>>>>> He said - "Oh - I see - so the data is stored as a whole lot of time
>>>>> series one by one, I thought it would be stored as a series of
>>>>> images'.
>>>>> Ironically, this was a Fortran-ordered array in memory, and he was wrong.
>>>>> So, I think the idea of memory ordering and index ordering is very
>>>>> easy to confuse, and comes up naturally.
>>>>> I would like, as a teacher, to be able to say something like:
>>>>> This is what C memory layout is (it's the memory layout  that gives
>>>>> arr.flags.C_CONTIGUOUS=True)
>>>>> This is what F memory layout is (it's the memory layout  that gives
>>>>> arr.flags.F_CONTIGUOUS=True)
>>>>> It's rather easy to get something that is neither C or F memory layout
>>>>> Numpy does many memory layouts.
>>>>> Ravel and reshape and numpy in general do not care (normally) about C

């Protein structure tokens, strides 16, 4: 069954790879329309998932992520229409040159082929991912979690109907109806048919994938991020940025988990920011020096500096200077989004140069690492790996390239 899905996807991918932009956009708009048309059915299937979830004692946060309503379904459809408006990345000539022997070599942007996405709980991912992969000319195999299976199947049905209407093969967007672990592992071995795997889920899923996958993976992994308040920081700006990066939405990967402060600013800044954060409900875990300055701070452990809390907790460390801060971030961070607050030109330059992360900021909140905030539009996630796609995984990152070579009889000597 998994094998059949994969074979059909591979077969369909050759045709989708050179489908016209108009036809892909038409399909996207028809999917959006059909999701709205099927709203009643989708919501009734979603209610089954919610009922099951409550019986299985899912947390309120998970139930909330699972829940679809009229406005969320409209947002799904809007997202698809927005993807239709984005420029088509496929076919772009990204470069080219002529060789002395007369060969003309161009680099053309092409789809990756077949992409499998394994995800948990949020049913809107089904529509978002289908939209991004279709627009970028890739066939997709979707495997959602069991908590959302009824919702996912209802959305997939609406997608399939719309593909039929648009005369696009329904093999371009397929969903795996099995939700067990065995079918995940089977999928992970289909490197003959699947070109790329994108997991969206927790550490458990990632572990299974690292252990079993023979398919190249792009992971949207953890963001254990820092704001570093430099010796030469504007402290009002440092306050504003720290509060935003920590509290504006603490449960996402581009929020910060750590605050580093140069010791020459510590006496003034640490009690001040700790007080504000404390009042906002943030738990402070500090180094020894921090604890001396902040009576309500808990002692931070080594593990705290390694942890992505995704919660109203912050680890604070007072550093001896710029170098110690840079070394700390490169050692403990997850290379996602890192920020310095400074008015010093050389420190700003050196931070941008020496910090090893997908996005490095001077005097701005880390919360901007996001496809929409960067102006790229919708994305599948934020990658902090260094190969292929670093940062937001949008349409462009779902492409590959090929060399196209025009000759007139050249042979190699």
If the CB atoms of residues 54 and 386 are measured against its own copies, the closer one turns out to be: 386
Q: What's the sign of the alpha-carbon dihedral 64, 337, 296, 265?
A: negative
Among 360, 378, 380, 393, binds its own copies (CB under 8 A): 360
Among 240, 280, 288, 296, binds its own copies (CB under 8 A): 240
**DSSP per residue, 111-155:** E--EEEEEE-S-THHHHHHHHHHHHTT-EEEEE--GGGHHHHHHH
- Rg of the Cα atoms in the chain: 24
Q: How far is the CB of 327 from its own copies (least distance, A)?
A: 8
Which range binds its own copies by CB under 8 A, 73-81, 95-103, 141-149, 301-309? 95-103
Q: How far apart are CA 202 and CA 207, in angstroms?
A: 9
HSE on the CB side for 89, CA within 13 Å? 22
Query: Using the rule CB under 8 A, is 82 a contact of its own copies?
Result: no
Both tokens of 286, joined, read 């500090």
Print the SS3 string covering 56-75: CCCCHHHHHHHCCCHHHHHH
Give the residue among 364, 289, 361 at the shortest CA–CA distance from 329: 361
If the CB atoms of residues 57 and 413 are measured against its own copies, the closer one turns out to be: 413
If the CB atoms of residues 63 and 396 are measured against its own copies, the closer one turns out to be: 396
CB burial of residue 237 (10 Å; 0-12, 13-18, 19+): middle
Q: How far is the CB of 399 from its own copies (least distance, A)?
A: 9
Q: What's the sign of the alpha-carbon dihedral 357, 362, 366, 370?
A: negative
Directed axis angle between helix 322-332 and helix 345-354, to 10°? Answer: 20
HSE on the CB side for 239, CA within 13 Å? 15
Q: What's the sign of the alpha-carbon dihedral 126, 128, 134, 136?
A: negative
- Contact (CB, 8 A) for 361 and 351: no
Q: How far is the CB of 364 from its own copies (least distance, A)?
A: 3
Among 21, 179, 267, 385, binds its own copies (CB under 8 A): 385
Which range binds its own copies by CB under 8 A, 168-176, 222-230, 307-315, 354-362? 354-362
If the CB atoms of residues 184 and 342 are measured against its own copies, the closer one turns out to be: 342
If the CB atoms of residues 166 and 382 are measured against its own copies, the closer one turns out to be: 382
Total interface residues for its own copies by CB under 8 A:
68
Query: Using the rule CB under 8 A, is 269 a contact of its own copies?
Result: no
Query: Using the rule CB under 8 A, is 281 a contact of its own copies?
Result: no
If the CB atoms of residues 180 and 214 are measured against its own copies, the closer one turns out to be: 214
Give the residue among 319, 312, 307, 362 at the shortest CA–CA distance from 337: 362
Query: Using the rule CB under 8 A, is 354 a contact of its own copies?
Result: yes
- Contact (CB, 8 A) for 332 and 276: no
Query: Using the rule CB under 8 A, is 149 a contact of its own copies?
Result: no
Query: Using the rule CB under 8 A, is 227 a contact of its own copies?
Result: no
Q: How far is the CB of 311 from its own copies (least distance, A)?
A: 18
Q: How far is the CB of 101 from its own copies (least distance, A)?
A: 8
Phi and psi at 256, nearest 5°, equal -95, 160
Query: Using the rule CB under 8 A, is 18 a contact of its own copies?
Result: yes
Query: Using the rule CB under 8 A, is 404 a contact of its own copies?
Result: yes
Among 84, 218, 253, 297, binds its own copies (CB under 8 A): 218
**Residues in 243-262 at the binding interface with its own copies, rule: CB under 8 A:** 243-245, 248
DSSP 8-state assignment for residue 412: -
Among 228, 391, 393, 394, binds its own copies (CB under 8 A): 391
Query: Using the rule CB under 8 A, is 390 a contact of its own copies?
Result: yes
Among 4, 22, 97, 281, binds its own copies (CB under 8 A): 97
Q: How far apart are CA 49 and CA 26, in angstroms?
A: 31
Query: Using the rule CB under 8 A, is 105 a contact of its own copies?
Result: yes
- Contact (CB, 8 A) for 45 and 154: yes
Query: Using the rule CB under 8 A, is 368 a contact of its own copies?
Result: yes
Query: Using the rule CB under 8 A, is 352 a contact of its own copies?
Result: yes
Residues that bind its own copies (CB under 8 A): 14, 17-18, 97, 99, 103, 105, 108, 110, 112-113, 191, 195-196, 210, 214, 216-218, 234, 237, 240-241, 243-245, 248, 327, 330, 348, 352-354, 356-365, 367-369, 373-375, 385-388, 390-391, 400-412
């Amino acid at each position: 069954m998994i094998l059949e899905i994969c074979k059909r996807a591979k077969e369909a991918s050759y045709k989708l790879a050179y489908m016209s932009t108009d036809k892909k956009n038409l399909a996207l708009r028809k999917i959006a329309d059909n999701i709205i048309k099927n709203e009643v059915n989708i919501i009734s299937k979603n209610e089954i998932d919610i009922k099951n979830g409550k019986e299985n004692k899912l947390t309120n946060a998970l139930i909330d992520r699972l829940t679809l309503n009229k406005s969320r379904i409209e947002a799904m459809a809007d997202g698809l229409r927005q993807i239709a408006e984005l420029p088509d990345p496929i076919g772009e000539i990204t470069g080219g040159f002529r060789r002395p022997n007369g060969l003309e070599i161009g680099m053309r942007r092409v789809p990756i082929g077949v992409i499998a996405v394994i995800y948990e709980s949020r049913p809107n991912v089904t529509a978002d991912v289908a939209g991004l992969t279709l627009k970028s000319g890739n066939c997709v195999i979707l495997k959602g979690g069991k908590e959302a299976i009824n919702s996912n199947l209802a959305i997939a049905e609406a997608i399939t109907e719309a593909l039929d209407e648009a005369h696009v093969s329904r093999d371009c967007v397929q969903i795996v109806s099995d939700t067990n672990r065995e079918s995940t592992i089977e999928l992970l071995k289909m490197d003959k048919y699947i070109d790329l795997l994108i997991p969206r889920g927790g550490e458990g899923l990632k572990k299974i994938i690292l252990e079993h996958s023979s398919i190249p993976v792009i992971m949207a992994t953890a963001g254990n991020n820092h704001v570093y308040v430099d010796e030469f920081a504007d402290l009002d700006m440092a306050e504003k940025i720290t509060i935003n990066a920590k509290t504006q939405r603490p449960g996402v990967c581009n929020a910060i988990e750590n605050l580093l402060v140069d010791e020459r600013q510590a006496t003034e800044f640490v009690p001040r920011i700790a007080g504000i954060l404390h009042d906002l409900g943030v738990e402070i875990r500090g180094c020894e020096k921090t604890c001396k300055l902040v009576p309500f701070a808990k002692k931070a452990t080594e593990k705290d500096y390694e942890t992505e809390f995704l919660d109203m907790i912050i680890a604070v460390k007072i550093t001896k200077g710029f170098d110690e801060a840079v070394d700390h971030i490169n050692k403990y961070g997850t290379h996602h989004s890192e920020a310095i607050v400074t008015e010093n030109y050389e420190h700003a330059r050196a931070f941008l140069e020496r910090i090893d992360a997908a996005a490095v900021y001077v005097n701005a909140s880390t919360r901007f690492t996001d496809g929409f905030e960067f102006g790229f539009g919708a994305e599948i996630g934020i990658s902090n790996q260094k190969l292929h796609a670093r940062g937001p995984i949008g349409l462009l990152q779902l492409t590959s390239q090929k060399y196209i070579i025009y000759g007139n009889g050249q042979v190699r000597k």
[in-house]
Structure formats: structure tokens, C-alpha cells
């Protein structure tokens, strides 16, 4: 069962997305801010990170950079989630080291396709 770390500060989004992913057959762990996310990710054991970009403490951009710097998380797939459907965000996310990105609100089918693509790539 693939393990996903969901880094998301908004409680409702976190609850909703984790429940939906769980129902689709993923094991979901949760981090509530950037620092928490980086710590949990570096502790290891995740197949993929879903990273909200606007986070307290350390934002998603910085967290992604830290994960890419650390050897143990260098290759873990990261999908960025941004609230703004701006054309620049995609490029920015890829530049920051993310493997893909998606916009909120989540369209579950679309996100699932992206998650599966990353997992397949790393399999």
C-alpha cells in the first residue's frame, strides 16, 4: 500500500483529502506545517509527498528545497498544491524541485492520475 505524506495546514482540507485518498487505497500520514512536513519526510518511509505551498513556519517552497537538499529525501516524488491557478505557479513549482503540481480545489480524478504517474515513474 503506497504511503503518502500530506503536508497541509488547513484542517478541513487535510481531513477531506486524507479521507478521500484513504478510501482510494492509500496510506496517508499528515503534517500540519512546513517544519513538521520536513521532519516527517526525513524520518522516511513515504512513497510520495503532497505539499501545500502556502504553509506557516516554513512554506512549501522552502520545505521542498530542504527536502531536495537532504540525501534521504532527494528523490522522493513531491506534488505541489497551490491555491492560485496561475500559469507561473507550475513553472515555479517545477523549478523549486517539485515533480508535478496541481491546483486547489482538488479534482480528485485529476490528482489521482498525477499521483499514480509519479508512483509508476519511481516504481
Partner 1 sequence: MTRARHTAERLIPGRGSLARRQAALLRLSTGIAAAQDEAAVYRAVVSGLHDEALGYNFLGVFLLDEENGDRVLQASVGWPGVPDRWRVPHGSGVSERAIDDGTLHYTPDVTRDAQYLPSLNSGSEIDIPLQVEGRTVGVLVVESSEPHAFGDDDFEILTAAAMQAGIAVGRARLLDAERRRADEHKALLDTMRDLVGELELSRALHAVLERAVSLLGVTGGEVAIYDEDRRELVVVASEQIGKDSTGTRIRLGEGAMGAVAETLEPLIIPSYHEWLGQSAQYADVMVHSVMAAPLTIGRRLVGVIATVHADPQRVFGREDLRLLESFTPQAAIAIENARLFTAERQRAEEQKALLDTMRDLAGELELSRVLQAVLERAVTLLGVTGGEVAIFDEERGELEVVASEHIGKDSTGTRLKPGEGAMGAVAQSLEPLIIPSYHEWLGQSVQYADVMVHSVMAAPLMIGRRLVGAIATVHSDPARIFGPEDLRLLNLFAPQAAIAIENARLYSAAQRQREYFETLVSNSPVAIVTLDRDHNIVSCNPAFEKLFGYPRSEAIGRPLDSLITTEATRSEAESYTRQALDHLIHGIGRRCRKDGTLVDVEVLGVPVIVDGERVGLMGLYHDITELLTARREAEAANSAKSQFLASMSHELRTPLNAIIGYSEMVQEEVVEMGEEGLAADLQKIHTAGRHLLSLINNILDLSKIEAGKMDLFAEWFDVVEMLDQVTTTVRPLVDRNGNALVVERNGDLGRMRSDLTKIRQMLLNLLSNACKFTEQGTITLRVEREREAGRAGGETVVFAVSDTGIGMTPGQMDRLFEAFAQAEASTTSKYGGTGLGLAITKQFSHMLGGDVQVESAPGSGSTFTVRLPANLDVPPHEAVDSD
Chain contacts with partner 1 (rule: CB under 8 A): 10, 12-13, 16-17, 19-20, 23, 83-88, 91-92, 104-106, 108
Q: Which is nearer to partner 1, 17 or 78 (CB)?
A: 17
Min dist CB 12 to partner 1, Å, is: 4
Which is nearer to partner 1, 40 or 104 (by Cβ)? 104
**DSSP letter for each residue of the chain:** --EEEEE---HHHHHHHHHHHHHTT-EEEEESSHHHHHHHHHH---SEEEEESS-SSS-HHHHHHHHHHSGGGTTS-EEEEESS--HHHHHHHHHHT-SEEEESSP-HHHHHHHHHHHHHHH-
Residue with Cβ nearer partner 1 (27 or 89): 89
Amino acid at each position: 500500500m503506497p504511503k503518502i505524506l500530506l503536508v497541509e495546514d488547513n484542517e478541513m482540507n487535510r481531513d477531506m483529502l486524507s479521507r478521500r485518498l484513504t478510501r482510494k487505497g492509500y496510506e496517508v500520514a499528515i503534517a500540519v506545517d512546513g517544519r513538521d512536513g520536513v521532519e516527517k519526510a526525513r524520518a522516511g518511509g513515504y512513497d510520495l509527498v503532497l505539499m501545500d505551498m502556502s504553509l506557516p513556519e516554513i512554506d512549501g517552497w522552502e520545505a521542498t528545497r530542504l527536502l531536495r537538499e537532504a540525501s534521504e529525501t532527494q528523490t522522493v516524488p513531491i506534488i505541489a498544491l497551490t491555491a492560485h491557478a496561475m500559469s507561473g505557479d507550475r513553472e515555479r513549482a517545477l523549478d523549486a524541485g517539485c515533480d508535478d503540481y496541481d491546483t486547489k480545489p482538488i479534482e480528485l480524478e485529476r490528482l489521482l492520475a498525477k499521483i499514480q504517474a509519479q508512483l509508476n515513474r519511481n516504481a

>>>>> or F layouts, they only care about index ordering.
>>>>> My point, that I'm repeating, is that my job is made harder by
>>>>> 'arr.ravel('F')'.
>>>> But once you know that ravel and reshape don't care about memory, the
>>>> ravel is easy to predict (maybe not easy to visualize in 4-D):
>>> But this assumes that you already know that there's such a thing as
>>> memory layout, and there's such a thing as index ordering, and that
>>> 'C' and 'F' in ravel refer to index ordering.  Once you have that,
>>> you're golden.  I'm arguing it's markedly harder to get this
>>> distinction, and keep it in mind, and teach it, if we are using the
>>> 'C' and 'F" names for both things.
>> No, I think you are still missing my point.
>> I think explaining ravel and reshape F and C is easy (kind of) because the
>> students don't need to know at that stage about memory layouts.
>> All they need to know is that we look at n-dimensional objects in
>> C-order or in  F-order
>> (whichever index runs fastest)
> Would you accept that it may or may not be true that it is desirable
> or practical not to mention memory layouts when teaching numpy?